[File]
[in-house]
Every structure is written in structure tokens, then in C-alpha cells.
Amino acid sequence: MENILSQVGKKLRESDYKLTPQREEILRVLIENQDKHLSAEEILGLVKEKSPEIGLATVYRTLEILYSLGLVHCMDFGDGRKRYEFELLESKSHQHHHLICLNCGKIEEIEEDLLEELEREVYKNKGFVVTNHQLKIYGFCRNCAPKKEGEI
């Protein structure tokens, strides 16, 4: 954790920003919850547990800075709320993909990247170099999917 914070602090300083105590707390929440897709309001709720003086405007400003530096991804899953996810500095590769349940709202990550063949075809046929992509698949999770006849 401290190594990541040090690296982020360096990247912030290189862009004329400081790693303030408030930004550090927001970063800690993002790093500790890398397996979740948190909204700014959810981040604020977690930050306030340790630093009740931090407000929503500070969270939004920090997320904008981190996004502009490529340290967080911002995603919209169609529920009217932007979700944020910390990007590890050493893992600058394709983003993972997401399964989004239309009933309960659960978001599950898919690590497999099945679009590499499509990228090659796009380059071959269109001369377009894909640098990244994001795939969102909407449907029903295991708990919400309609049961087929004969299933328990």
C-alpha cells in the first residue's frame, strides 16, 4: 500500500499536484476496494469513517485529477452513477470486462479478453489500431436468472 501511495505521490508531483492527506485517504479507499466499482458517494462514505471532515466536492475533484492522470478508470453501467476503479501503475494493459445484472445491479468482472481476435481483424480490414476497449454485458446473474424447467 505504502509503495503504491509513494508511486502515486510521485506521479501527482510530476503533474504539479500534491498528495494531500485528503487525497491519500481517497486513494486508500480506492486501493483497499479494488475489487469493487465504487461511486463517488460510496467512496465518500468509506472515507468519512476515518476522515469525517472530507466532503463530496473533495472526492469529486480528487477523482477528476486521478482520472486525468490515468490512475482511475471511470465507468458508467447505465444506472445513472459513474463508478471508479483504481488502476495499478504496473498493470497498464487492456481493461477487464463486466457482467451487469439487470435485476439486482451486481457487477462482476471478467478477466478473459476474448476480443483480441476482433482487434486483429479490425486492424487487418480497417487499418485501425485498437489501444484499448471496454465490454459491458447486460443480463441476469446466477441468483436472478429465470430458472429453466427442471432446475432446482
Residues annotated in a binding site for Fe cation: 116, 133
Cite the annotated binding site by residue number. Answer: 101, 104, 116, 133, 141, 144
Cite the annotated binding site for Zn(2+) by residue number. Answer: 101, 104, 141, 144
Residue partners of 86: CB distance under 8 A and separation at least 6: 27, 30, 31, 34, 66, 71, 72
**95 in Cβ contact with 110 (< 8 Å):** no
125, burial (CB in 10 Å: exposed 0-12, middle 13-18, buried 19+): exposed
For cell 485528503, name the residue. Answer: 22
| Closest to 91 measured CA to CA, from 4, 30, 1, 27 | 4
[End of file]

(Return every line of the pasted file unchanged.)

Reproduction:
[in-house]
Every structure is written in structure tokens, then in C-alpha cells.
Amino acid sequence: MENILSQVGKKLRESDYKLTPQREEILRVLIENQDKHLSAEEILGLVKEKSPEIGLATVYRTLEILYSLGLVHCMDFGDGRKRYEFELLESKSHQHHHLICLNCGKIEEIEEDLLEELEREVYKNKGFVVTNHQLKIYGFCRNCAPKKEGEI
């Protein structure tokens, strides 16, 4: 954790920003919850547990800075709320993909990247170099999917 914070602090300083105590707390929440897709309001709720003086405007400003530096991804899953996810500095590769349940709202990550063949075809046929992509698949999770006849 401290190594990541040090690296982020360096990247912030290189862009004329400081790693303030408030930004550090927001970063800690993002790093500790890398397996979740948190909204700014959810981040604020977690930050306030340790630093009740931090407000929503500070969270939004920090997320904008981190996004502009490529340290967080911002995603919209169609529920009217932007979700944020910390990007590890050493893992600058394709983003993972997401399964989004239309009933309960659960978001599950898919690590497999099945679009590499499509990228090659796009380059071959269109001369377009894909640098990244994001795939969102909407449907029903295991708990919400309609049961087929004969299933328990």
C-alpha cells in the first residue's frame, strides 16, 4: 500500500499536484476496494469513517485529477452513477470486462479478453489500431436468472 501511495505521490508531483492527506485517504479507499466499482458517494462514505471532515466536492475533484492522470478508470453501467476503479501503475494493459445484472445491479468482472481476435481483424480490414476497449454485458446473474424447467 505504502509503495503504491509513494508511486502515486510521485506521479501527482510530476503533474504539479500534491498528495494531500485528503487525497491519500481517497486513494486508500480506492486501493483497499479494488475489487469493487465504487461511486463517488460510496467512496465518500468509506472515507468519512476515518476522515469525517472530507466532503463530496473533495472526492469529486480528487477523482477528476486521478482520472486525468490515468490512475482511475471511470465507468458508467447505465444506472445513472459513474463508478471508479483504481488502476495499478504496473498493470497498464487492456481493461477487464463486466457482467451487469439487470435485476439486482451486481457487477462482476471478467478477466478473459476474448476480443483480441476482433482487434486483429479490425486492424487487418480497417487499418485501425485498437489501444484499448471496454465490454459491458447486460443480463441476469446466477441468483436472478429465470430458472429453466427442471432446475432446482
Residues annotated in a binding site for Fe cation: 116, 133
Cite the annotated binding site by residue number. Answer: 101, 104, 116, 133, 141, 144
Cite the annotated binding site for Zn(2+) by residue number. Answer: 101, 104, 141, 144
Residue partners of 86: CB distance under 8 A and separation at least 6: 27, 30, 31, 34, 66, 71, 72
**95 in Cβ contact with 110 (< 8 Å):** no
125, burial (CB in 10 Å: exposed 0-12, middle 13-18, buried 19+): exposed
For cell 485528503, name the residue. Answer: 22
| Closest to 91 measured CA to CA, from 4, 30, 1, 27 | 4